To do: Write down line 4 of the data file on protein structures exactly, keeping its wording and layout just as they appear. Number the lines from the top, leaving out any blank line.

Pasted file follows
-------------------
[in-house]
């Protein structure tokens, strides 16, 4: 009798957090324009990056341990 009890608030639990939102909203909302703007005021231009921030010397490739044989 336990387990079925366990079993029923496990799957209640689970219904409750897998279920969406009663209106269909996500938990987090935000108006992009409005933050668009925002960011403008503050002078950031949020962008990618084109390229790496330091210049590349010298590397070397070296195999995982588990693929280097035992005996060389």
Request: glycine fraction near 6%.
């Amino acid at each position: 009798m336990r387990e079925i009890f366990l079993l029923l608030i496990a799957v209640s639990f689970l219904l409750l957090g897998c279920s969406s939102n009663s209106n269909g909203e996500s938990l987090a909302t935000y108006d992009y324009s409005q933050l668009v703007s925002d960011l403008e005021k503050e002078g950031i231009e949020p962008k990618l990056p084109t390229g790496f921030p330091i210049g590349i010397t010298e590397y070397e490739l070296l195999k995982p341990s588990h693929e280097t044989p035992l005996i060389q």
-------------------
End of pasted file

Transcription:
């Amino acid at each position: 009798m336990r387990e079925i009890f366990l079993l029923l608030i496990a799957v209640s639990f689970l219904l409750l957090g897998c279920s969406s939102n009663s209106n269909g909203e996500s938990l987090a909302t935000y108006d992009y324009s409005q933050l668009v703007s925002d960011l403008e005021k503050e002078g950031i231009e949020p962008k990618l990056p084109t390229g790496f921030p330091i210049g590349i010397t010298e590397y070397e490739l070296l195999k995982p341990s588990h693929e280097t044989p035992l005996i060389q």